Checking when I opened ISAs

My financial files are a bit of a shambles. Pending much overdue housekeeping and phoning around, I'm not sure whether I've already used my ISA allowance for the current (2016-17) tax year.
Presumably HM Revenue & Customs have a database to police the rules although I suspect it's unlikely to be impressively up to date.
If such a database exists, can the public access it, directly or indirectly?
I'm also curious. If some enthusiastic investor opens successive cash or share ISAs, deliberately or mindlessly ignoring the rules, what actually happens in practice?
Reply to
Terry Pinnell
I asked a very similar question here a few months ago (at least I think it was here).
The answer is that, if you put too much into ISAs, you'll get a polite little note saying "you can't do that" and returning the money. Apparently there *is* a database of some sort somewhere in HMRC that records this and produces the polite rejection.
Why 'we' can't interrogate it before trying to put money into an ISA is anybody's guess. :-)
Reply to
Chris Green
I mistakenly put two lots of Stocks & Shares ISA's into the one year, one right at the beginning and one right at the end but with different providers. I got a polite letter from HRMC asking me to remove one of them which I did and sent them a copy of the sale.
Had I tried to buy the second one with the same provider they would have course have told me. The OP should readily be able to check with his ISA provider(s) how much he has subscribed. I use 3 providers and each one tells me how much I have left to subscribe with their own system.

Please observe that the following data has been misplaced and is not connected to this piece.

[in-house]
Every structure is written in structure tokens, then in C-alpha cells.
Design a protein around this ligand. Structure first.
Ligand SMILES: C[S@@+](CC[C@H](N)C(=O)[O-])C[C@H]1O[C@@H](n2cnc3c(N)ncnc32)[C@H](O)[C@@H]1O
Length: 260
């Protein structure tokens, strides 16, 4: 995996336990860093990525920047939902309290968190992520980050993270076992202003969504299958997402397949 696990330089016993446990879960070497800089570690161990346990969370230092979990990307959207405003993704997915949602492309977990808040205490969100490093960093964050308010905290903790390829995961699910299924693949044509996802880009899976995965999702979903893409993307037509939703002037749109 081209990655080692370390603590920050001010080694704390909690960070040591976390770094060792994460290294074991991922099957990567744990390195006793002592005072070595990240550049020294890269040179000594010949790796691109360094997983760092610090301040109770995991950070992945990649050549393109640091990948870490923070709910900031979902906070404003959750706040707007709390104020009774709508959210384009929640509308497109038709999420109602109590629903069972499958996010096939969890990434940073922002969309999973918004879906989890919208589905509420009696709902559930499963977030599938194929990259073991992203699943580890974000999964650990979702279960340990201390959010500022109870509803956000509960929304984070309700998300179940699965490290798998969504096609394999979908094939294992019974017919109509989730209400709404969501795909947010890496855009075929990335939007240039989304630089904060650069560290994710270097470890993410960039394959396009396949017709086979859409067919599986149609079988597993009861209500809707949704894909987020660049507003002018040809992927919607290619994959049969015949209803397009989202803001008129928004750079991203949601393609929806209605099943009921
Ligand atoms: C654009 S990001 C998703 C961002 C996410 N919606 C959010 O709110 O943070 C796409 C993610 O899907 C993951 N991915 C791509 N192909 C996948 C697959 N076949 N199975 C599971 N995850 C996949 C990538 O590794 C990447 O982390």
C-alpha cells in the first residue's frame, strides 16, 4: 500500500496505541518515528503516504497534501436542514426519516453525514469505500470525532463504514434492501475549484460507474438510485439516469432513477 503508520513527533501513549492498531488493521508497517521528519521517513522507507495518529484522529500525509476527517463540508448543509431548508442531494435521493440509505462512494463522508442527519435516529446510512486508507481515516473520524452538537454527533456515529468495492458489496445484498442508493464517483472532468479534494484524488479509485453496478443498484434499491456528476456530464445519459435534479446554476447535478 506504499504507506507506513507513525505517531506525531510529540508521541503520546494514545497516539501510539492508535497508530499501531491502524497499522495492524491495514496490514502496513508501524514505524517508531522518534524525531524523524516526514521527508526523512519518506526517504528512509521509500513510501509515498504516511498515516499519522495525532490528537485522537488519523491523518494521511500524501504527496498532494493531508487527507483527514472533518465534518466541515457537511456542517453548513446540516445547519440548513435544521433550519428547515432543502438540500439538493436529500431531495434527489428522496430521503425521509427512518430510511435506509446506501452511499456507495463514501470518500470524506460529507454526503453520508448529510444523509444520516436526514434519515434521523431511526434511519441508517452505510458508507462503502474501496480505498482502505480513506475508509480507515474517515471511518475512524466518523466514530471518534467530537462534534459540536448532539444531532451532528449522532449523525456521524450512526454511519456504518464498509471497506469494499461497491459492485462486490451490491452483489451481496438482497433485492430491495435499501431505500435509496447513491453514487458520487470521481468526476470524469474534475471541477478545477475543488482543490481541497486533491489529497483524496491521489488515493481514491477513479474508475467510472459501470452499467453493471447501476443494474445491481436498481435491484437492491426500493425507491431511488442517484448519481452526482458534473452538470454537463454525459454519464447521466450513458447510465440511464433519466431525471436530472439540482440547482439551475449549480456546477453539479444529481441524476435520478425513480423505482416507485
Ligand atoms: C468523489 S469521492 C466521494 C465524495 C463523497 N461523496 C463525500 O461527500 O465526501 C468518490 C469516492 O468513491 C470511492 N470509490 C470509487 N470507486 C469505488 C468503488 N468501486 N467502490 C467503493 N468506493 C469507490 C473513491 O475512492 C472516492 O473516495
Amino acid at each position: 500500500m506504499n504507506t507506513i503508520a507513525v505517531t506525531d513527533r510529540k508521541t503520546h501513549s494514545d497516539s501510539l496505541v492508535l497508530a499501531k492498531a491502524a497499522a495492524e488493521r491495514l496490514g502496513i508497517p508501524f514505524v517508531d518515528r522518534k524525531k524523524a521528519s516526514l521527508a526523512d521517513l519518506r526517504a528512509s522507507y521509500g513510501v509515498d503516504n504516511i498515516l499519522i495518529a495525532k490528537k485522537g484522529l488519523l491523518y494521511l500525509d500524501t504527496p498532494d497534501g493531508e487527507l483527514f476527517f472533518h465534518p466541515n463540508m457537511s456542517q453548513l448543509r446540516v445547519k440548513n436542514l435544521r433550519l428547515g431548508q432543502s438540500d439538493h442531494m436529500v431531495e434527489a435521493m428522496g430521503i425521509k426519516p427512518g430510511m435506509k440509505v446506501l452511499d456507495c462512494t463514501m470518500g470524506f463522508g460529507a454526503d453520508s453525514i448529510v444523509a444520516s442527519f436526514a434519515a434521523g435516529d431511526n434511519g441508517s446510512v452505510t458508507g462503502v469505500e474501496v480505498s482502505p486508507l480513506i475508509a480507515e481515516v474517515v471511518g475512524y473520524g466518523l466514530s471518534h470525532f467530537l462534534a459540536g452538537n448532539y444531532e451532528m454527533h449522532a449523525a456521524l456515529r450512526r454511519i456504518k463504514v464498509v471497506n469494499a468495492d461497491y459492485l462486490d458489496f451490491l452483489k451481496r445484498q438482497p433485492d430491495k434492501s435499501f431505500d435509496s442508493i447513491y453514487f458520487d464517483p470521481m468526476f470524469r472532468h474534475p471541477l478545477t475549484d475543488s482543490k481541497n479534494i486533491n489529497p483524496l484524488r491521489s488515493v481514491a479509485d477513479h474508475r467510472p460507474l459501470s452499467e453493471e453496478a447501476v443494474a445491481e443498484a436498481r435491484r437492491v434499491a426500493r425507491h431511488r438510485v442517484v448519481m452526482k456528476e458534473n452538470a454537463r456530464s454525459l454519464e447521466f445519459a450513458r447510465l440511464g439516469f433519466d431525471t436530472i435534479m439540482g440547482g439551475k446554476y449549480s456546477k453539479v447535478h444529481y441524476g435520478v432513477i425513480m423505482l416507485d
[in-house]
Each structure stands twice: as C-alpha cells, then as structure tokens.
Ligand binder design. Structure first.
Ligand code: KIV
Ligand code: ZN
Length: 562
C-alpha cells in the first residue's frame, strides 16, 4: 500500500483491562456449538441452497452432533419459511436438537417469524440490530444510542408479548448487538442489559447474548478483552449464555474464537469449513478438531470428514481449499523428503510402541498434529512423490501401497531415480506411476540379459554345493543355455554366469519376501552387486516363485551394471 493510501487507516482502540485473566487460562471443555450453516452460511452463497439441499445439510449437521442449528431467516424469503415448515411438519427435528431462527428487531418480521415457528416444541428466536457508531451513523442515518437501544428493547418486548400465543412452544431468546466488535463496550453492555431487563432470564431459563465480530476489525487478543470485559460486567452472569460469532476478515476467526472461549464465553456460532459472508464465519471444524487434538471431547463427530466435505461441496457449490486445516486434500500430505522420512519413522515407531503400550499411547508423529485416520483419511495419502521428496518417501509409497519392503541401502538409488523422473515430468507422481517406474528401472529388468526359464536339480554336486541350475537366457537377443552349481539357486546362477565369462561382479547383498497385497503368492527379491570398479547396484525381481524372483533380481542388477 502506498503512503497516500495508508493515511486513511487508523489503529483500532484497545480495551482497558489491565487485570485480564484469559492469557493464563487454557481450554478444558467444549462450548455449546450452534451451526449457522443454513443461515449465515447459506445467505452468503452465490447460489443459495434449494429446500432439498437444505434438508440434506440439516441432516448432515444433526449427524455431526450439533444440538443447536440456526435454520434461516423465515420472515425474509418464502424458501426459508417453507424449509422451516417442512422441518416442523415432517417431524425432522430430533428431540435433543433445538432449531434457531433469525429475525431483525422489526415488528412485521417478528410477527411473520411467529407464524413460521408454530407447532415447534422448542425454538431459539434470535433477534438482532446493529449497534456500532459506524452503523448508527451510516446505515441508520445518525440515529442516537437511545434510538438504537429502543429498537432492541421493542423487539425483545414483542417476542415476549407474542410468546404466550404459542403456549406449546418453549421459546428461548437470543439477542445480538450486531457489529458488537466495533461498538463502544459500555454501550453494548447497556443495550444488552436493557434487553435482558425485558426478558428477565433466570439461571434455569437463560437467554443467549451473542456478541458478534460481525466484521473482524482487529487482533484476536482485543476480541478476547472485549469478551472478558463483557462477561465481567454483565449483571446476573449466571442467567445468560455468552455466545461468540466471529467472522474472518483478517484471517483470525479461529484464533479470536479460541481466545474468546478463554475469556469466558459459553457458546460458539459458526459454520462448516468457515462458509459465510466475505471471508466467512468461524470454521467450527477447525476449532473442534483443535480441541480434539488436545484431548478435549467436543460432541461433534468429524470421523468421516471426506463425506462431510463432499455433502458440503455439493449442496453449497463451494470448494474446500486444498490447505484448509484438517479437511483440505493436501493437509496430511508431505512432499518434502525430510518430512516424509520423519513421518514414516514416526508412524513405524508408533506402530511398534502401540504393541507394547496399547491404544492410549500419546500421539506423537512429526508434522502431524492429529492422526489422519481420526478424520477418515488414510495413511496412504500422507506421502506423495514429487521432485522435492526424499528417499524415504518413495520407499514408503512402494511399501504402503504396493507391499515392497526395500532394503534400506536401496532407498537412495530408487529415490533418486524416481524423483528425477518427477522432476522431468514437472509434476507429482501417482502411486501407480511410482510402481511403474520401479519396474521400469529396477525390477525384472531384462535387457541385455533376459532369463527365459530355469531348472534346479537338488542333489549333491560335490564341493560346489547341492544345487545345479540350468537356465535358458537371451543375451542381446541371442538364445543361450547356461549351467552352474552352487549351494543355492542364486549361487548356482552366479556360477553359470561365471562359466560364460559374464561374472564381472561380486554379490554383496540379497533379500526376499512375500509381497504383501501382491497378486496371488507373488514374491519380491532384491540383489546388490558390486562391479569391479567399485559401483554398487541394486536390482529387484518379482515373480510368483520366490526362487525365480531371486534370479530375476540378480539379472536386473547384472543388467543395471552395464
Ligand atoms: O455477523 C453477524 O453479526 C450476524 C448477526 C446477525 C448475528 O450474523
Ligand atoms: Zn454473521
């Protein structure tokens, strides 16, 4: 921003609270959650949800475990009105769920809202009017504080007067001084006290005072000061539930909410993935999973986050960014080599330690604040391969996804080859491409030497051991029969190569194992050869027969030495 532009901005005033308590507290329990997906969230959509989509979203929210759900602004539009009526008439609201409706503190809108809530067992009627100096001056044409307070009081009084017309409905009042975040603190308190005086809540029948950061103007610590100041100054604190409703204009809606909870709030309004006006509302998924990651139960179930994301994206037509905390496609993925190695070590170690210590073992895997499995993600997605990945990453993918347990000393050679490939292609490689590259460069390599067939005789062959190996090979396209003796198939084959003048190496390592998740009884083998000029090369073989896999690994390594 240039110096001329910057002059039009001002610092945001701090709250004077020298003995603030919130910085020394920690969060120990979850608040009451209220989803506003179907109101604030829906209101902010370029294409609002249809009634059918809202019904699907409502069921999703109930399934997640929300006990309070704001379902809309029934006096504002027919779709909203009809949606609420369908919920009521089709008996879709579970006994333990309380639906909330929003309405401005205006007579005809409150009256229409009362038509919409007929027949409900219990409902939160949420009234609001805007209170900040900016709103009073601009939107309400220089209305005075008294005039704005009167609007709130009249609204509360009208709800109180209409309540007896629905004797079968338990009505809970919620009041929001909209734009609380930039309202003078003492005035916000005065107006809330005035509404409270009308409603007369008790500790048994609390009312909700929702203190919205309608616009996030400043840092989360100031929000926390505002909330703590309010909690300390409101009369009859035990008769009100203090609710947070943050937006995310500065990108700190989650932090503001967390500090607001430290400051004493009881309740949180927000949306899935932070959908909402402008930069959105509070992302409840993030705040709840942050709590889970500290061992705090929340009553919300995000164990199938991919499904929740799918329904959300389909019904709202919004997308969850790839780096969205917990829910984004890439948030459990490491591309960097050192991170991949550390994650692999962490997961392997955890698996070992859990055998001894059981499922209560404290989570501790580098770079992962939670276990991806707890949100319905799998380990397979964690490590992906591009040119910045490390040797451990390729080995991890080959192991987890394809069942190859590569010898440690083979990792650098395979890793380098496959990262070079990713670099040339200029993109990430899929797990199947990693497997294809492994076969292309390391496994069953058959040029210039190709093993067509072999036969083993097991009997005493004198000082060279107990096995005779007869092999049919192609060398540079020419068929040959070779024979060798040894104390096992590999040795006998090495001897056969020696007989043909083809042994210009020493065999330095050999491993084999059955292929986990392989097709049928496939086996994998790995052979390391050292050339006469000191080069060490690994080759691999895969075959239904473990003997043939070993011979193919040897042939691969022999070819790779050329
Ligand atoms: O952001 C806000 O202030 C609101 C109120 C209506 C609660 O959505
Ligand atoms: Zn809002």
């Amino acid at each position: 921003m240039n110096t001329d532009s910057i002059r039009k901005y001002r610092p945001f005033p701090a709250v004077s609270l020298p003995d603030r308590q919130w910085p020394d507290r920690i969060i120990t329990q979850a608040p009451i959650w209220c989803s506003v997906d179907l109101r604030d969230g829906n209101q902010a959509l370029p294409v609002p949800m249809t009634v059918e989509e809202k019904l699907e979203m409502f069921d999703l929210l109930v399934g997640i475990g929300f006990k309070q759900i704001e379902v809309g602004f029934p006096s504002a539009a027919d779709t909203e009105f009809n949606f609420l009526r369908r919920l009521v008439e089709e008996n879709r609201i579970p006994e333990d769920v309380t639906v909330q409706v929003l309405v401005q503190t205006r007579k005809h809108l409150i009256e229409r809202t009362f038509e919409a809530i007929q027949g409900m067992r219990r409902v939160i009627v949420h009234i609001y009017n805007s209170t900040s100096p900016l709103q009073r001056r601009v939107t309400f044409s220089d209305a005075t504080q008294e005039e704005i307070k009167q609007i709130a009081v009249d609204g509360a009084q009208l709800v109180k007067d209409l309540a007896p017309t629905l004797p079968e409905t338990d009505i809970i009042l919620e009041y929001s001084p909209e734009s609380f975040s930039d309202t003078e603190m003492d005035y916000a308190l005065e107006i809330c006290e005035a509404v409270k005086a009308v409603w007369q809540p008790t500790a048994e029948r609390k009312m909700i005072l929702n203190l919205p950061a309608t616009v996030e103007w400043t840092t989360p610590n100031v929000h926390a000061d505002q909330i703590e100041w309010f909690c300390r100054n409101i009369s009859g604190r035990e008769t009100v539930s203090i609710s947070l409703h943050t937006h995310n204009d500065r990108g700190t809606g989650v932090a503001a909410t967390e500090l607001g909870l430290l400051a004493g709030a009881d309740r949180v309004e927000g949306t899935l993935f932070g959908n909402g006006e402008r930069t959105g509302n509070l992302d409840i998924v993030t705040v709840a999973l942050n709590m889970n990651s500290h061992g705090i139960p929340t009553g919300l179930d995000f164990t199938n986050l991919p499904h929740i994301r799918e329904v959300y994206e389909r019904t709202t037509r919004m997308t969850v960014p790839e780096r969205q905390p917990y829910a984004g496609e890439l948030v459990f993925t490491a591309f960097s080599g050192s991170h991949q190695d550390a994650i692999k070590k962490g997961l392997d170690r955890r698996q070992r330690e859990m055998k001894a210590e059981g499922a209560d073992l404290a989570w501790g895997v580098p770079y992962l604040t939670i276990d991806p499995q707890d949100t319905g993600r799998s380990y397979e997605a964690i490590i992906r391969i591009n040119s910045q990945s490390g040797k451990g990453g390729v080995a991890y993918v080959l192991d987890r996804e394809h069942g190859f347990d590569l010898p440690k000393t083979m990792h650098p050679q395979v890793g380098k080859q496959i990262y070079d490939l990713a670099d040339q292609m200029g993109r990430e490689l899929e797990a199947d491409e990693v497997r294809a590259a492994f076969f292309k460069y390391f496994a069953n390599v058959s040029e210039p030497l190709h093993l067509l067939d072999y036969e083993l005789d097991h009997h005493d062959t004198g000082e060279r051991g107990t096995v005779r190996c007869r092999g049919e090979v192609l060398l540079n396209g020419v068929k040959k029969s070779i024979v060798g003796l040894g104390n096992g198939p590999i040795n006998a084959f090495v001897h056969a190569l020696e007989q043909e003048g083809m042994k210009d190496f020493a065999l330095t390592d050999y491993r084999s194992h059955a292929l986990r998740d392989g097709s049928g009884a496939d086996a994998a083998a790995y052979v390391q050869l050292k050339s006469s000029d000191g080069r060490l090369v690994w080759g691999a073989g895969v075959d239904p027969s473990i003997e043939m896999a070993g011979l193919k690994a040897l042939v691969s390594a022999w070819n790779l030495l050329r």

If there is any uncertainly then simply invest in this year's ISA, if subsequently not permitted transfer it to next year's ISA. No big deal.
Reply to
AnthonyL
wrote:
HMRC will tell the provider to close the ISA and return the cash *AND* inform you what it is about to do.
That's what happened to me. NatWest had somehow or other let HMRC know that I had opened a new cash ISAs in the current year. I hadn't. I had *transfered* a previous year's ISA to NatWest (using NatWest's transfer in procedure), and I had earlier *opened* a current year's cash ISA with another provider.
It was up to me to communicate, prove and convince HMRC that I had done nothing wrong and that the problem was with NatWest, who did absolutely nothing to help to resolve the problem, (in fact I became convinced that the senior staff member of the branch, at which I was forced (by NatWest) to conduct all my attempts get NatWest to fix the problem, didn't understand the problem).
When it was resolved I transferred the ISA out and won't go near NatWest ever again.
I have no idea what would happen if the ISAs were non cash.
Reply to
brightside S9
AIUI banks make a return to HMRC: 'NI number X has paid in Y pounds to an ISA of type Z' At the end of the tax year HMRC tallies up all the returns and then spots anyone who has broken the rules.
I don't think this is a live process - in other words they won't know what's happened until the end of the year, at which point they'll presumably send you a letter to complain.
I don't think you can ask mid-year to find out - because, even if returns are sent mid-year, you can't be sure how well your bank has been keeping HMRC up to date.
The thing to do is ask any bank(s) you have accounts with what you have deposited so far this year - they will know.
Theo
Reply to
Theo

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